Pride And Greed In The Tragical History Of Dr. Faustus

1112 Words 5 Pages
In, “The Tragical History of Dr. Faustus”, by Christopher Marlowe it is obvious from the very beginning that the main character, Dr. Faustus, embodies two distinct personality characteristics: pride and greed. It is because of these two qualities that Dr. Faustus is ultimately destined for destruction. The knowledge that the doctor possessed far surpassed that of many men, however it was is desire for power and knowledge that was not humanly attainable, that made him sacrifice his soul to Lucifer and damn himself for eternity. The chorus describes Dr. Faustus to the reader before the play begins by acknowledging the fact the he is full of knowledge in many areas, especially theology by stating, “….In heavenly matters of theology/Till swoll’n …show more content…
First, it warns of the dangers of Faustus’ pride. It was, after all, Icarus’s pride that made him fly too close to the sun, which melted his wings and made him fall to his death. Adversely, the second allusion that comes from the mention of Icarus would be that of Lucifer, who fell from heaven because of his pride and was forced to live his eternal life in hell. Either of these comparisons perfectly foreshadow the story of the doctor who, because of his pride, falls from his greedy climb to the topo of the …show more content…
He shows in this play how Dr. Faustus steps out of his place, and fails in his attempt to repent for his actions, ultimately letting his pride be the reason for his damnation. Through a pact with the devil, Faustus gains the power necessary to perform dark magic and engage in other deeds that are more god-like than human-like. Although, Faustus is repeatedly warned by Mephostophelis, his servant from Lucifer, he continues, unaware and greedily, in his actions; perhaps not fully understanding the breadth of his decisions. He asks Mephostophelis about heaven and hell, and Mephostophelis replies, “In one self place, but where we are is hell/and where hell is there we must be” (Marlowe 769). Faustus responds to this very telling statement by questioning the validity of hell and referring to it as a fable. It is in situations like this that Dr. Faustus shows how little that he truly understands about the situation which he is putting himself in by signing the contract with Lucifer. Because of his pride and greed, Faustus pushed aside the reservations of his conscience and made a deal with the devil, both literally and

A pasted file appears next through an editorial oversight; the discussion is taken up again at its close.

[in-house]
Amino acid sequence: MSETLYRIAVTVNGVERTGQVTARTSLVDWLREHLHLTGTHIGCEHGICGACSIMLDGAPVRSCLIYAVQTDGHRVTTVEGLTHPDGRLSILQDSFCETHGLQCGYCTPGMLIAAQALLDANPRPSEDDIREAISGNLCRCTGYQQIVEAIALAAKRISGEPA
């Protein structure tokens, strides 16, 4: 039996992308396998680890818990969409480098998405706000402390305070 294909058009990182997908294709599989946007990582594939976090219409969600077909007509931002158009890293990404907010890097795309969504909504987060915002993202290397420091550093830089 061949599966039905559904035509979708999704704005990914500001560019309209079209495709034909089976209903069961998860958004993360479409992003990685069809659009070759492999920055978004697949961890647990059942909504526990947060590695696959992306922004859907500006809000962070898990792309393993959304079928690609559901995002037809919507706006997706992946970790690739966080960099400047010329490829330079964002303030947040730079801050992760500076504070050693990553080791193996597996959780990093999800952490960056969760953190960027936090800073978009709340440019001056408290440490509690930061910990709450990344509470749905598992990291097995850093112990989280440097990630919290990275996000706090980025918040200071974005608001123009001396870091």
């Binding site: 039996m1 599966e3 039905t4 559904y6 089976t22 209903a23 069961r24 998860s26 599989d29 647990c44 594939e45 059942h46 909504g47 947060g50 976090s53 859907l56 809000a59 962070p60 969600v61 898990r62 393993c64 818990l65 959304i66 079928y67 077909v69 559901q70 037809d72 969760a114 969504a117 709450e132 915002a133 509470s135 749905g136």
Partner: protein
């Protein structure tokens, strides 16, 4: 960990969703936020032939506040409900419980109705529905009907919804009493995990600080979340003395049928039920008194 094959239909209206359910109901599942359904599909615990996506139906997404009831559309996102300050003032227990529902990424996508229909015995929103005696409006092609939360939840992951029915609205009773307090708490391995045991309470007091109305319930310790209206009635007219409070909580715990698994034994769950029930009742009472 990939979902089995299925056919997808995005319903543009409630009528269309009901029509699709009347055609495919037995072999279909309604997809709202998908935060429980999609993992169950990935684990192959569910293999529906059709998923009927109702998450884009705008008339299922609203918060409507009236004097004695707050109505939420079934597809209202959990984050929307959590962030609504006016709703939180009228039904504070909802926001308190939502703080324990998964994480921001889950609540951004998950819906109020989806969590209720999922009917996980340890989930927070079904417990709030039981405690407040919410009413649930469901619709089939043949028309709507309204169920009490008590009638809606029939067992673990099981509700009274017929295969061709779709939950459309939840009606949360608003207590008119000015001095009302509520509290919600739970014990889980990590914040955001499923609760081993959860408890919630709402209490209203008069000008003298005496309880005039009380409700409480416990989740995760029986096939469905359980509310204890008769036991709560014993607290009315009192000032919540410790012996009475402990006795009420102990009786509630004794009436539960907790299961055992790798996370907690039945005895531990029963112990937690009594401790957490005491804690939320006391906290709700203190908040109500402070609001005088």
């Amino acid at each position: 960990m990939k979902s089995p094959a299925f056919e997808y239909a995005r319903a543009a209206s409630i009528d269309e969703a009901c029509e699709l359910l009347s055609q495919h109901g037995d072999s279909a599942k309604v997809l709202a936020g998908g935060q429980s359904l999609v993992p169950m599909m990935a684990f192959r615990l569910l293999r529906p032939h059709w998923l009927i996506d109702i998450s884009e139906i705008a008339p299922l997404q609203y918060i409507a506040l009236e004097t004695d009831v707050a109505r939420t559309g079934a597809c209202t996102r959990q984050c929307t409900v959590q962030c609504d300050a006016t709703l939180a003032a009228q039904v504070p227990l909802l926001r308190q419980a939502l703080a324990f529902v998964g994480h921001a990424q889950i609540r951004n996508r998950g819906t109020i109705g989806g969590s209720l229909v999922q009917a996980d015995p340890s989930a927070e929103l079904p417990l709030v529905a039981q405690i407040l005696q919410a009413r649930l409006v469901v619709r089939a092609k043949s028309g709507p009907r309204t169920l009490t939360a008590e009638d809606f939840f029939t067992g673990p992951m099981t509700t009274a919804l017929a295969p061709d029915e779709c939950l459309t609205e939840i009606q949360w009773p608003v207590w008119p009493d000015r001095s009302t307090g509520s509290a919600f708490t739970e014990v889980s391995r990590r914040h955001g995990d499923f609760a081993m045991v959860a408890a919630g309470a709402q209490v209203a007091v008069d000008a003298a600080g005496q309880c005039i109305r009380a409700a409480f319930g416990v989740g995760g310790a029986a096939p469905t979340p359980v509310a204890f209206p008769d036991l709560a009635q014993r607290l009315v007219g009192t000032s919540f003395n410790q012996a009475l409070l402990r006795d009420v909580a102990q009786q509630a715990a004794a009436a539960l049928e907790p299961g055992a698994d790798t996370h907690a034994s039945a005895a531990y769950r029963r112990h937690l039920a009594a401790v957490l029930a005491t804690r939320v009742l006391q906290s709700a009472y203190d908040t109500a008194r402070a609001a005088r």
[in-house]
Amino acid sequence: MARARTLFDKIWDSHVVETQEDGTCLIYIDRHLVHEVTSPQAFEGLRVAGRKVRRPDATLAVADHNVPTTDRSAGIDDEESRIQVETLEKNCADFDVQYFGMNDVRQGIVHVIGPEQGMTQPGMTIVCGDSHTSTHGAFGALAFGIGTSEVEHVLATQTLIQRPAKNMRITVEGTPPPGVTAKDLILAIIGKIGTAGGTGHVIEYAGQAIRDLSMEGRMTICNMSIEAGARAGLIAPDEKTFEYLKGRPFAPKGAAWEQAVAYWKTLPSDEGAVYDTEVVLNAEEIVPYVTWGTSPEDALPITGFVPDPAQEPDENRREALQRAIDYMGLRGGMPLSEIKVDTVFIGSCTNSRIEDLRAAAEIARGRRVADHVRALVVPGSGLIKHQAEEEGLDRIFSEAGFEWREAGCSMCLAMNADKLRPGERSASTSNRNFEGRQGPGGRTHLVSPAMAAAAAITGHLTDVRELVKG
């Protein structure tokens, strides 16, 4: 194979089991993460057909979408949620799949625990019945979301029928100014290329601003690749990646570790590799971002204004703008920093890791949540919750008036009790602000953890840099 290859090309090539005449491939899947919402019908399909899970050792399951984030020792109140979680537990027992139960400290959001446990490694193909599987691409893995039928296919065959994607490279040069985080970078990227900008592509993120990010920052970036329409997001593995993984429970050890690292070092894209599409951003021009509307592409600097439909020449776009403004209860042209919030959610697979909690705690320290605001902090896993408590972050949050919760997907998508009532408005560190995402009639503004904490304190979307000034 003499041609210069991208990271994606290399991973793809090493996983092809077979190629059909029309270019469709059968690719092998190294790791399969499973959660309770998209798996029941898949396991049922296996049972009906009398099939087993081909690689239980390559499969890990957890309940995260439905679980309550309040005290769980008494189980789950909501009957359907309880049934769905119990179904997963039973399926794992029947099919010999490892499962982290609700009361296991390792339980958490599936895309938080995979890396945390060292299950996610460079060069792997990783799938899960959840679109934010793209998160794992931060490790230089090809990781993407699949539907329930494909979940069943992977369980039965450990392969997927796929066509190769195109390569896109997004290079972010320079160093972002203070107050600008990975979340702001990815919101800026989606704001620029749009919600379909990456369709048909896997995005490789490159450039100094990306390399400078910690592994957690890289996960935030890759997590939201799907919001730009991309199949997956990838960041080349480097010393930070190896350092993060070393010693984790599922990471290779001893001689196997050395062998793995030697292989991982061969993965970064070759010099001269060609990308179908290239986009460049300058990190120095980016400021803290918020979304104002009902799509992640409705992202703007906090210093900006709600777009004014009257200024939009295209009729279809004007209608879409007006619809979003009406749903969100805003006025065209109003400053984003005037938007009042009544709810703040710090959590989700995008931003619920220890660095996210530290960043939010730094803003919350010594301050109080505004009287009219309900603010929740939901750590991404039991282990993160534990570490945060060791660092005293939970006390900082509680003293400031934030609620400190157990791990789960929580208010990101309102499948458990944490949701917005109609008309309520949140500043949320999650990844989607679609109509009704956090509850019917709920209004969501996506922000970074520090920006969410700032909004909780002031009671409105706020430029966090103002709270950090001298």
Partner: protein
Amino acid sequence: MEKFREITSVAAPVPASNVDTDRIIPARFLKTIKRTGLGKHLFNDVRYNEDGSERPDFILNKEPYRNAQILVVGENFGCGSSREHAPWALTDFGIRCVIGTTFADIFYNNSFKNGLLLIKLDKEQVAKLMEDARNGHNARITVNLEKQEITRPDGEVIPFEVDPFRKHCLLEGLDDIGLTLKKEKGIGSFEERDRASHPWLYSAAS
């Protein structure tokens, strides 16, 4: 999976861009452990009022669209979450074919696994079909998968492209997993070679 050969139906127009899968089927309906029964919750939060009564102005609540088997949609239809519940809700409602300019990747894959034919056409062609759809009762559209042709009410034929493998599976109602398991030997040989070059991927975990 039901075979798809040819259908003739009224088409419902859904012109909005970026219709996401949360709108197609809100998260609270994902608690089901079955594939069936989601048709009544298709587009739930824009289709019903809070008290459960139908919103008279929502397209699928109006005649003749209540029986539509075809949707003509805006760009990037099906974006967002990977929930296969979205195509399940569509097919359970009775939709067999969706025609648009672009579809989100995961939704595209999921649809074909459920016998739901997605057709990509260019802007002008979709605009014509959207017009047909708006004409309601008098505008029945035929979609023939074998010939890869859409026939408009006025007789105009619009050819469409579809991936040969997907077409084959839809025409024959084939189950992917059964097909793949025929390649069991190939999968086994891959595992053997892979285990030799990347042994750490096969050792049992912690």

Related Documents